All posts in Caching

Good news, the 3rd community technology preview of Microsoft’s offering on Caching is out. You can download it here. If you haven’t looked at it yet, now is a good time to start. If on the other hand you’ve already played with it (like me) here’s what’s new in this version.

Cache Notifications
Using cache notifications, the object in the local cache automatically invalidates as soon as it is notified that the object has changed. Get notified when a cached object is added, replaced, or removed, a region is added, cleared, or removed from the cache. Specifying an event-triggered task is now possible with cache notifications.

Performance Improvements
Throughput, latency, and memory usage have been further optimized to improve performance of applications.

Security Enhancements
The cache host Windows service now runs under a lower-privileged account: Network Service. To simplify deployment, the installation program now helps to configure the permissions of installation folders and the cluster configuration storage location. You still need to be an administrator on the cache servers and cluster configuration storage location in order to install “Velocity.”

New Cluster Management Options
Previously, only lead hosts could manage the cache cluster operations. Now, when using SQL Server to store the cluster configuration information, you have the option to let SQL Server perform the cluster management role instead of the lead hosts. This option improves supportability and availability of the cluster, eliminating the possibility of the cluster going down due to an insufficient number of (running) lead hosts.

Updates to the Installation Program
To streamline deployment, the installation program now supports automated installation for the cache host.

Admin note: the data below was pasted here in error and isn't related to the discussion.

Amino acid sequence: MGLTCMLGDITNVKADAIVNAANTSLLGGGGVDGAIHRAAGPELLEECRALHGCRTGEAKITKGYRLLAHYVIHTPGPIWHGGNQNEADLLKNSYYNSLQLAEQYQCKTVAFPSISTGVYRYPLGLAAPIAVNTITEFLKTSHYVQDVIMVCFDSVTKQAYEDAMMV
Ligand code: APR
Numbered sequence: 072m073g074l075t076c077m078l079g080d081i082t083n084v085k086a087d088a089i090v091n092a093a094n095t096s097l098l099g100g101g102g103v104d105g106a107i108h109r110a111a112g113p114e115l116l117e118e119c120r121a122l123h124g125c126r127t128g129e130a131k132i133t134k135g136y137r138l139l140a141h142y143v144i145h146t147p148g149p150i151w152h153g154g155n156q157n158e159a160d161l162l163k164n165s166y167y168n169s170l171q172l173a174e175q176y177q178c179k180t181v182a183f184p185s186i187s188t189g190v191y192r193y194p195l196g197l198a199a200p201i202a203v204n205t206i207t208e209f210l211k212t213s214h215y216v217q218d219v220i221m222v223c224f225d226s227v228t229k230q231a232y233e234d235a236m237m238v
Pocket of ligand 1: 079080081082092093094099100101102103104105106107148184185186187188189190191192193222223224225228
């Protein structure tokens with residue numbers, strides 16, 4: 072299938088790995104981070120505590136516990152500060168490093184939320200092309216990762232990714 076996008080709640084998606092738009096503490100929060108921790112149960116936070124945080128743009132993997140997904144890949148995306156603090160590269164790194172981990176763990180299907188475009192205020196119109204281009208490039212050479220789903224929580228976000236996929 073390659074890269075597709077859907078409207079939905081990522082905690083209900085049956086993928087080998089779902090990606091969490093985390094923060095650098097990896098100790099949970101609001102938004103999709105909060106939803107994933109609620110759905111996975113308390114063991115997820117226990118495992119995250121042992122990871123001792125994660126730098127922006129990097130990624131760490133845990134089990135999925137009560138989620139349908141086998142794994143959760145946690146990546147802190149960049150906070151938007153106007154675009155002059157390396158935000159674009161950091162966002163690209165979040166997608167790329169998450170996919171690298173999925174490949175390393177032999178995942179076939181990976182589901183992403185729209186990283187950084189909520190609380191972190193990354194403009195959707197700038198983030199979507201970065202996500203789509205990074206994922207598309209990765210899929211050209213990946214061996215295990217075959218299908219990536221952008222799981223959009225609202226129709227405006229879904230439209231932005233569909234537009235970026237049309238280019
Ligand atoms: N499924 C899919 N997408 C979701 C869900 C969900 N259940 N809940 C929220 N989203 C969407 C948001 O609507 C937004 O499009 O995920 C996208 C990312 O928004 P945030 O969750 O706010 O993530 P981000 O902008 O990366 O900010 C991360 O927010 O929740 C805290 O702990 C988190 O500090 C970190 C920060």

Cluster Configuration Editing Options Decoupled from Storage Options
Previously, how you chose to store your cluster configuration settings in the cluster configuration storage location dictated the options available to you for editing those configuration settings. Now, regardless of where you store your cluster settings, you can change those settings with the PowerShell-based cache administration tool or by directly editing an XML representation of the cluster configuration.

Along with this paradigm shift, the option to store the cluster configuration settings in XML (the cluster’s “working copy”) has been removed. Now you can use XML to edit the configuration settings when you choose to store your cluster configuration settings in a SQL Server database or a SQL Server Compact data file in a shared network folder. For more information, see Configuring the Cache Cluster (Velocity).

With this change, your decision for the cluster configuration storage location can be based on application availability requirements and the resources available to your application (that is, how challenging it would be to procure an instance of SQL Server that your distributed cache cluster could use).

A New API
To minimize changes in the following release, the “Velocity” API has been changed to enhance usability and more closely resemble the naming conventions of other Microsoft namespaces. The namespace of “Velocity” has been changed to Microsoft.Data.Caching. Additionally, all class and delegate names have been renamed to include the prefix DataCache. Along with the name changes, many overloads have also been changed.

Get more info http://msdn.microsoft.com/en-us/library/dd169204.aspx